Sisonke district office ‘a jewel’ in green design

2011-10-24 00:00

THE government’s first “green” building, the Sisonke District Office in Ixopo, is over 50% complete.

“This building will be the jewel in our crown,” said Maggie Govender, the provincial MEC for Human Settlements and Public Works, who led a delegation of members of the legislature on Friday to view the work in progress.

The 7,6 hectare office park on the outskirts of Ixopo is being built according to “green design” principles and will consist of a main office block, a garage section and a maintenance block.

The project will be applying for a Green Star rating from the Green Building Council of South Africa and it is expected that at least a five-star rating (out of six) will be achieved.

According to John Wilkins, project leader for Public Works, Ixopo’s “green building” was initiated in 2007 in the context of global warming and the national energy crisis.

Provincial budget restrictions saw the project put on hold until mid 2010 and the contract for construction was awarded to Cyclone Construction later that year.

The roof of the north facing office block is literally green — it is being covered with soil and will be planted with indigenous plants designed for their ability to absorb carbon.

Such a roof also provides protection for people working below from heat fluctuations and ultra-violet rays.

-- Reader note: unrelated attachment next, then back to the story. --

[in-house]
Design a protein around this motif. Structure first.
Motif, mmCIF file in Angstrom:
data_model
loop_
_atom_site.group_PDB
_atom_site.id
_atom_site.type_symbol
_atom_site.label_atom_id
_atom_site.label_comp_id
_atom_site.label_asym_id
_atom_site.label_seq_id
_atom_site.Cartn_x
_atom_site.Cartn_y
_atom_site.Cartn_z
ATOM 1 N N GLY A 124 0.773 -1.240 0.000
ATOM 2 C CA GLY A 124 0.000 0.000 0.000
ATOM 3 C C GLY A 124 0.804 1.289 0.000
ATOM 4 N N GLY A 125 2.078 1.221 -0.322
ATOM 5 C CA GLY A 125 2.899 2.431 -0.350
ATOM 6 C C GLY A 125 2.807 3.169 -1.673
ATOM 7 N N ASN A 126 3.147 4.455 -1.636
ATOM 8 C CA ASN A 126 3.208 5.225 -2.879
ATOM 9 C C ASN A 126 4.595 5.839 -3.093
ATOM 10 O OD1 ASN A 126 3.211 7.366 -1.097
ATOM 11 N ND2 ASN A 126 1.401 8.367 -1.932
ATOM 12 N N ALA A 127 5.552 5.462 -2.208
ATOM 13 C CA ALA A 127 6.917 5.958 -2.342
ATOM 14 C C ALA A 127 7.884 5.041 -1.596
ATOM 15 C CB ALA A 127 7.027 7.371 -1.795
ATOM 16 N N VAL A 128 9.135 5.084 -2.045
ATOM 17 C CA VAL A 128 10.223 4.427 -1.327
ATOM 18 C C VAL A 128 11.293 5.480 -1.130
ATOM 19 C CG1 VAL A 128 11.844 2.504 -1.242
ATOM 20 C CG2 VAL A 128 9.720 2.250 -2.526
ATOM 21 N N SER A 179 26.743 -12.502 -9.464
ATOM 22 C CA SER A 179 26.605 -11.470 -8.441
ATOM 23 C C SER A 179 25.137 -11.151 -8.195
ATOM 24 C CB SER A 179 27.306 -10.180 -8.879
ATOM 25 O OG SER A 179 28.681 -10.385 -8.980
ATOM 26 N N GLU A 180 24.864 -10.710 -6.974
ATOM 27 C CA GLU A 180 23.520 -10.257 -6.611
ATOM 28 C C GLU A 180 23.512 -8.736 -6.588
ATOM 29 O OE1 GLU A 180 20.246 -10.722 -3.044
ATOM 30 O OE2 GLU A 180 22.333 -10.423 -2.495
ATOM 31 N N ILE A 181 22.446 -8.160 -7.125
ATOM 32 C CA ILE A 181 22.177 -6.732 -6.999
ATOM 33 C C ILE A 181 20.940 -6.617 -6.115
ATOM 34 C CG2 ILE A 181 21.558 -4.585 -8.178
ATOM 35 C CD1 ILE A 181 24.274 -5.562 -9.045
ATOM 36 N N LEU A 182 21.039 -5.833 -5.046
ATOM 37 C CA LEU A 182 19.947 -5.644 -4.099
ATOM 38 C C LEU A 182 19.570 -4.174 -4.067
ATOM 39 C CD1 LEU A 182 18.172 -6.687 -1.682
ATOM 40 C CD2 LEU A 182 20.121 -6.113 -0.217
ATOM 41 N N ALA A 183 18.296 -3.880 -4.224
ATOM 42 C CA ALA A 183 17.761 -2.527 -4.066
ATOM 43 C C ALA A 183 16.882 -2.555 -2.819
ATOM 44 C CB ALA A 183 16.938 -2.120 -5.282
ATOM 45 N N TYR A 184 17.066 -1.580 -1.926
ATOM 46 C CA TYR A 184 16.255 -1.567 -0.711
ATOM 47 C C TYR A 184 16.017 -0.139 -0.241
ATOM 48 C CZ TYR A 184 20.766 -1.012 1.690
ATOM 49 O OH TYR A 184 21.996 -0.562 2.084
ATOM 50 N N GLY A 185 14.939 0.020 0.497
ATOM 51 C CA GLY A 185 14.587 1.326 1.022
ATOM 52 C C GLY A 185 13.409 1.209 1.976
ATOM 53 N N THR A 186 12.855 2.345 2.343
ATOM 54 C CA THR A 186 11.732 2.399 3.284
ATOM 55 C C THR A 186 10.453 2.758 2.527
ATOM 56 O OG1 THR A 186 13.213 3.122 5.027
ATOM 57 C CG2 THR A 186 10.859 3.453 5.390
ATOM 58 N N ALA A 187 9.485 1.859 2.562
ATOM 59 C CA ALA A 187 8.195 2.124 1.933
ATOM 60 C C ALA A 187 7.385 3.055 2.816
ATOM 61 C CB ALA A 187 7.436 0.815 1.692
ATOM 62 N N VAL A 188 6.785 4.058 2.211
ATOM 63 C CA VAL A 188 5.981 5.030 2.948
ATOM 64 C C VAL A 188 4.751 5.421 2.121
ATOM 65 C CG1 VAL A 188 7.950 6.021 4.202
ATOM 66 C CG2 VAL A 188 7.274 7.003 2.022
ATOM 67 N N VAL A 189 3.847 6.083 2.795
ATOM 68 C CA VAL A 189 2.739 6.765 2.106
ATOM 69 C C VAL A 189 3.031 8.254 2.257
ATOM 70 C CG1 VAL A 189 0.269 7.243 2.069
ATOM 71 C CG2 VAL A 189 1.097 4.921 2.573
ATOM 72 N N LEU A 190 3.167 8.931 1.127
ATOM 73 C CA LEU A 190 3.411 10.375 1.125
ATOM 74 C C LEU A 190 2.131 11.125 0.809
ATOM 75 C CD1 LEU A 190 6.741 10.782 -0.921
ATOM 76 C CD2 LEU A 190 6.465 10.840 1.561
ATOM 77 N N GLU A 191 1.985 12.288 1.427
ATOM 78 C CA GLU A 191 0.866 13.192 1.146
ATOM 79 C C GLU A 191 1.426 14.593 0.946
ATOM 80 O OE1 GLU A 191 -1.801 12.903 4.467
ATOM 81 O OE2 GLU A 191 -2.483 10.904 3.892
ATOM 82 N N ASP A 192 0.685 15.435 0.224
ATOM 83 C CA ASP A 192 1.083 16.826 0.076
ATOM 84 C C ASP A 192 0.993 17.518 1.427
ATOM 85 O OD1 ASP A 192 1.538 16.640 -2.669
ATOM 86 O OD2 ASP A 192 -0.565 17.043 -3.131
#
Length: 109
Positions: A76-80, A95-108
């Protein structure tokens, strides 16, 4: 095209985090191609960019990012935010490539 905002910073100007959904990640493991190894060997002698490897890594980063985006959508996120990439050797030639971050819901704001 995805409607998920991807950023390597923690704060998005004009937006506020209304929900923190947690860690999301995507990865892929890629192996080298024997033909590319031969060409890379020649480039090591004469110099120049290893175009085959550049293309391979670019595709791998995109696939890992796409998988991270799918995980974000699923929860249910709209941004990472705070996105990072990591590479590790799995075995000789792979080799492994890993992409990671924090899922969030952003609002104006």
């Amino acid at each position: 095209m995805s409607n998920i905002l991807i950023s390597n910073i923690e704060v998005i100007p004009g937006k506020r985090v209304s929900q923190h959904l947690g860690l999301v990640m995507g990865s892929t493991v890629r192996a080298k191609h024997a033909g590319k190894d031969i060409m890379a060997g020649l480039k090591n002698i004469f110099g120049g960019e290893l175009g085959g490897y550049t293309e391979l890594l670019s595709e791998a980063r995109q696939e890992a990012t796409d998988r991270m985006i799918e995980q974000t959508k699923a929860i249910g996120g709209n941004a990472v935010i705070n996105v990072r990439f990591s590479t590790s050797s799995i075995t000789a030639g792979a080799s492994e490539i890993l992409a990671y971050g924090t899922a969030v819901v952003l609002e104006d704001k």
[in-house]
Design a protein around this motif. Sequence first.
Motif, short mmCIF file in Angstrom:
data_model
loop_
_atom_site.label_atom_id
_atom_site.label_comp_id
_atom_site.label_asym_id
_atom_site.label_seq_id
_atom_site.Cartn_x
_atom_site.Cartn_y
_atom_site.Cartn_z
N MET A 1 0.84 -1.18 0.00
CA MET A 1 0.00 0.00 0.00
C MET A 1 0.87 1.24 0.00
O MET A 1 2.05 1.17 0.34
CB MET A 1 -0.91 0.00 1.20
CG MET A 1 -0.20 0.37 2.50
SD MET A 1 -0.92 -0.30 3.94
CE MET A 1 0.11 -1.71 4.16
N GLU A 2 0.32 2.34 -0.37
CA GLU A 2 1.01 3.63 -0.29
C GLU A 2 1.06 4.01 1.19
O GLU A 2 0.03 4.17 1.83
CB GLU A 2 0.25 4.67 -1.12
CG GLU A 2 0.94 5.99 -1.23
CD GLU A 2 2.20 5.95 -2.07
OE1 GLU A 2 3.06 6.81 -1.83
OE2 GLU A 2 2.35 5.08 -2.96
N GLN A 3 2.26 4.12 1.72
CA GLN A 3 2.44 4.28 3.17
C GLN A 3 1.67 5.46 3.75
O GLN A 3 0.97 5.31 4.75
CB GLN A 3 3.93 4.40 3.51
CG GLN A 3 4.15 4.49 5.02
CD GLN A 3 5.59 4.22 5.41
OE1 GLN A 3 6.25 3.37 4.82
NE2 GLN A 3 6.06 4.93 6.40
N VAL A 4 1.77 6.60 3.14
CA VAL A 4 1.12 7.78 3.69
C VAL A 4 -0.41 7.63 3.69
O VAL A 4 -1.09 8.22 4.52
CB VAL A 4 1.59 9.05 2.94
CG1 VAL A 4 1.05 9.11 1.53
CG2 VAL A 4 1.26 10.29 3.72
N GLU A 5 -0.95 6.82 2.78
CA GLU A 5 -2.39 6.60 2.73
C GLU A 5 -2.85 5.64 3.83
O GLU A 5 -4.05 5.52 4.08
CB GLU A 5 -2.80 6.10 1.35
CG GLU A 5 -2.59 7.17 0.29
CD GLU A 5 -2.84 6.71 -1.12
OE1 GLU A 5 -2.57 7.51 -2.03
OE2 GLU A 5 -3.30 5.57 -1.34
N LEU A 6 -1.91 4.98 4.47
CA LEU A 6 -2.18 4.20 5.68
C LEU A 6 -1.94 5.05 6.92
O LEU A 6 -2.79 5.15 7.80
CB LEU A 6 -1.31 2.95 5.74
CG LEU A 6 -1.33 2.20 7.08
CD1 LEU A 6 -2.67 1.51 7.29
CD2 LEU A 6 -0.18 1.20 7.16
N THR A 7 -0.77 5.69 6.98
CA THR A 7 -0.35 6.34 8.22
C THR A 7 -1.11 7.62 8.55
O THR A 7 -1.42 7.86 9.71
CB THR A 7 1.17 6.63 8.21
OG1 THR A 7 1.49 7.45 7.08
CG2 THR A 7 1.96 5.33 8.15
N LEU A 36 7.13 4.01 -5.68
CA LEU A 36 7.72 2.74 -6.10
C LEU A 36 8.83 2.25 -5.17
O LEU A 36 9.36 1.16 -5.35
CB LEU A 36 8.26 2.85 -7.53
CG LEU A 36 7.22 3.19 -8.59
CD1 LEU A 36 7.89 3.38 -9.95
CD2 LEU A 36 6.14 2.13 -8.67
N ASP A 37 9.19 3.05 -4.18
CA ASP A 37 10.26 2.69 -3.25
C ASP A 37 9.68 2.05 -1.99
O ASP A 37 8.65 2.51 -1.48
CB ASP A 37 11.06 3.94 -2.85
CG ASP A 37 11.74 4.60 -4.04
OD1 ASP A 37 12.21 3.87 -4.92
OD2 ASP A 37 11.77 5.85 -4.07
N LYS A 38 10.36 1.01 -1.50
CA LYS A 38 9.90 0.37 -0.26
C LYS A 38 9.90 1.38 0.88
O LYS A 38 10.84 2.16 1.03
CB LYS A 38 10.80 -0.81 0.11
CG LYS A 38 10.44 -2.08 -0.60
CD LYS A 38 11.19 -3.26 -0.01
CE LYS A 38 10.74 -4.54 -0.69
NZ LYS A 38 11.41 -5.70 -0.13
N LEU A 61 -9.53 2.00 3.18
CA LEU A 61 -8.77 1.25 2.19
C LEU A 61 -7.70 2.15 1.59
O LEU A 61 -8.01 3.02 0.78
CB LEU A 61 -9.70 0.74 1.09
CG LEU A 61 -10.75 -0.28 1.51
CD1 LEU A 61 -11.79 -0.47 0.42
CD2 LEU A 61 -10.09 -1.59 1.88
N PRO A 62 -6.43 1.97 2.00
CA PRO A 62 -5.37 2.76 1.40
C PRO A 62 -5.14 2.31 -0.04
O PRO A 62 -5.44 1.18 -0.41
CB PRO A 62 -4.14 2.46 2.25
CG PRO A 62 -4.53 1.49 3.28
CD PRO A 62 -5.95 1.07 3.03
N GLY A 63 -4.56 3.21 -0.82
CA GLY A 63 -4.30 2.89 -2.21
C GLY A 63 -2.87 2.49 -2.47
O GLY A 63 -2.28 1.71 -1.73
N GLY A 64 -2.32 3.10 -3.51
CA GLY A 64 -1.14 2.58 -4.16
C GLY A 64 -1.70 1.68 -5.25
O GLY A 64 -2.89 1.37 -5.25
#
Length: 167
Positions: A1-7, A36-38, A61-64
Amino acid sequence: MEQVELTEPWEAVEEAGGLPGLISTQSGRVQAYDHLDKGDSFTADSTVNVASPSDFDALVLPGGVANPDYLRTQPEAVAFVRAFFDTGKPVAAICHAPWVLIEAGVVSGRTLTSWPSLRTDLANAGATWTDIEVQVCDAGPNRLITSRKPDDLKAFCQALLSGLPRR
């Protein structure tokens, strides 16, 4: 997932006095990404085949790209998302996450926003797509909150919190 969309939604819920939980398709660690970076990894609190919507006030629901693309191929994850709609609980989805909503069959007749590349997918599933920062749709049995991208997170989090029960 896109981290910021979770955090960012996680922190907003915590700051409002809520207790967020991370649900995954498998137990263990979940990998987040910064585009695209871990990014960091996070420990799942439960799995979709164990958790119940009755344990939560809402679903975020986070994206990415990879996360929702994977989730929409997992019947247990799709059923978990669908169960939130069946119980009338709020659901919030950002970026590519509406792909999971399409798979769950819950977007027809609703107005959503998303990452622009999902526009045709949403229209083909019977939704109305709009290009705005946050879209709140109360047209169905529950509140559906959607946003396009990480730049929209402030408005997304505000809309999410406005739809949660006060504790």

Architect Steve Kinsler’s design also incorporates green design principles in regard to energy, materials (mostly sourced locally), waste and water. “All toilets are flushed by rainwater,” says Kinsler.

“And there will be no irrigation after an initial three-month period.”

Heating and cooling in the office block is provided by a single continuous water pipe coiled under the floor and made from a composite material with a predicted lifespan of 480 years.

The construction period is also environmentally friendly. All trees felled on the site — an old plantation — have been used during construction and no waste material has gone off site.

“There are so many lessons to be learnt from this building,” Govender said.

“What we learn here we can incorporate into standard designs for offices, schools and hospitals.”

“Though the cost of R19,5 million is 1,5% more than for a conventional building, the long-term savings will balance that out.”

feature1@witness.co.za

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